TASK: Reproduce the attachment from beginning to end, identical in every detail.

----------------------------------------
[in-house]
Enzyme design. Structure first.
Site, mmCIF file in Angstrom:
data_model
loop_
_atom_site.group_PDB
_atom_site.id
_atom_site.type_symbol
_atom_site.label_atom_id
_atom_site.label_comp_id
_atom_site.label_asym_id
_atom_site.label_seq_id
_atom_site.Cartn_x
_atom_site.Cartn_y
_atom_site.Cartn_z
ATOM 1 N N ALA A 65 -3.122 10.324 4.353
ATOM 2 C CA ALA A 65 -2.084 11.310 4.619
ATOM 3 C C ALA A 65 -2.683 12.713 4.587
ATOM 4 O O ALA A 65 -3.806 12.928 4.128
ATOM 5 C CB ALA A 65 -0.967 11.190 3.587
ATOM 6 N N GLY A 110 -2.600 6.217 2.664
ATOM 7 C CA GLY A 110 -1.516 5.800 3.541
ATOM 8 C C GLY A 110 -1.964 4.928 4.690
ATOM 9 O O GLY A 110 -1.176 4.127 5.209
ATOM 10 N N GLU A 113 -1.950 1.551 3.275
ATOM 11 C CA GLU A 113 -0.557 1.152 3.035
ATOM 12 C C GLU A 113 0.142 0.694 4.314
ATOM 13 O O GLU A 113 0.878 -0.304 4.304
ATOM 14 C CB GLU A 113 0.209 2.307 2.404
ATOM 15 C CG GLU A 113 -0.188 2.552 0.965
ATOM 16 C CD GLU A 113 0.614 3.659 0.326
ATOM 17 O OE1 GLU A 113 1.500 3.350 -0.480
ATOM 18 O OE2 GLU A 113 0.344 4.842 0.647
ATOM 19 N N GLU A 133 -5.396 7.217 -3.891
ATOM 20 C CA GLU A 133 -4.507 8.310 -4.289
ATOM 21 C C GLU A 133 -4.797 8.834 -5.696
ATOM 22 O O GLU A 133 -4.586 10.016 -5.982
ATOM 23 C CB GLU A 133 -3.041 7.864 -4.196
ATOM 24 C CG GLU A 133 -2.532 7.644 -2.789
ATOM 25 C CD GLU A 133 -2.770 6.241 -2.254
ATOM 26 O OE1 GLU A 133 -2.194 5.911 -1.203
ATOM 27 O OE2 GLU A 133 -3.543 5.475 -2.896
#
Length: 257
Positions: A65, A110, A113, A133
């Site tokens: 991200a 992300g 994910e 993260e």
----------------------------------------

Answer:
[in-house]
Enzyme design. Structure first.
Site, mmCIF file in Angstrom:
data_model
loop_
_atom_site.group_PDB
_atom_site.id
_atom_site.type_symbol
_atom_site.label_atom_id
_atom_site.label_comp_id
_atom_site.label_asym_id
_atom_site.label_seq_id
_atom_site.Cartn_x
_atom_site.Cartn_y
_atom_site.Cartn_z
ATOM 1 N N ALA A 65 -3.122 10.324 4.353
ATOM 2 C CA ALA A 65 -2.084 11.310 4.619
ATOM 3 C C ALA A 65 -2.683 12.713 4.587
ATOM 4 O O ALA A 65 -3.806 12.928 4.128
ATOM 5 C CB ALA A 65 -0.967 11.190 3.587
ATOM 6 N N GLY A 110 -2.600 6.217 2.664
ATOM 7 C CA GLY A 110 -1.516 5.800 3.541
ATOM 8 C C GLY A 110 -1.964 4.928 4.690
ATOM 9 O O GLY A 110 -1.176 4.127 5.209
ATOM 10 N N GLU A 113 -1.950 1.551 3.275
ATOM 11 C CA GLU A 113 -0.557 1.152 3.035
ATOM 12 C C GLU A 113 0.142 0.694 4.314
ATOM 13 O O GLU A 113 0.878 -0.304 4.304
ATOM 14 C CB GLU A 113 0.209 2.307 2.404
ATOM 15 C CG GLU A 113 -0.188 2.552 0.965
ATOM 16 C CD GLU A 113 0.614 3.659 0.326
ATOM 17 O OE1 GLU A 113 1.500 3.350 -0.480
ATOM 18 O OE2 GLU A 113 0.344 4.842 0.647
ATOM 19 N N GLU A 133 -5.396 7.217 -3.891
ATOM 20 C CA GLU A 133 -4.507 8.310 -4.289
ATOM 21 C C GLU A 133 -4.797 8.834 -5.696
ATOM 22 O O GLU A 133 -4.586 10.016 -5.982
ATOM 23 C CB GLU A 133 -3.041 7.864 -4.196
ATOM 24 C CG GLU A 133 -2.532 7.644 -2.789
ATOM 25 C CD GLU A 133 -2.770 6.241 -2.254
ATOM 26 O OE1 GLU A 133 -2.194 5.911 -1.203
ATOM 27 O OE2 GLU A 133 -3.543 5.475 -2.896
#
Length: 257
Positions: A65, A110, A113, A133
């Site tokens: 991200a 992300g 994910e 993260e």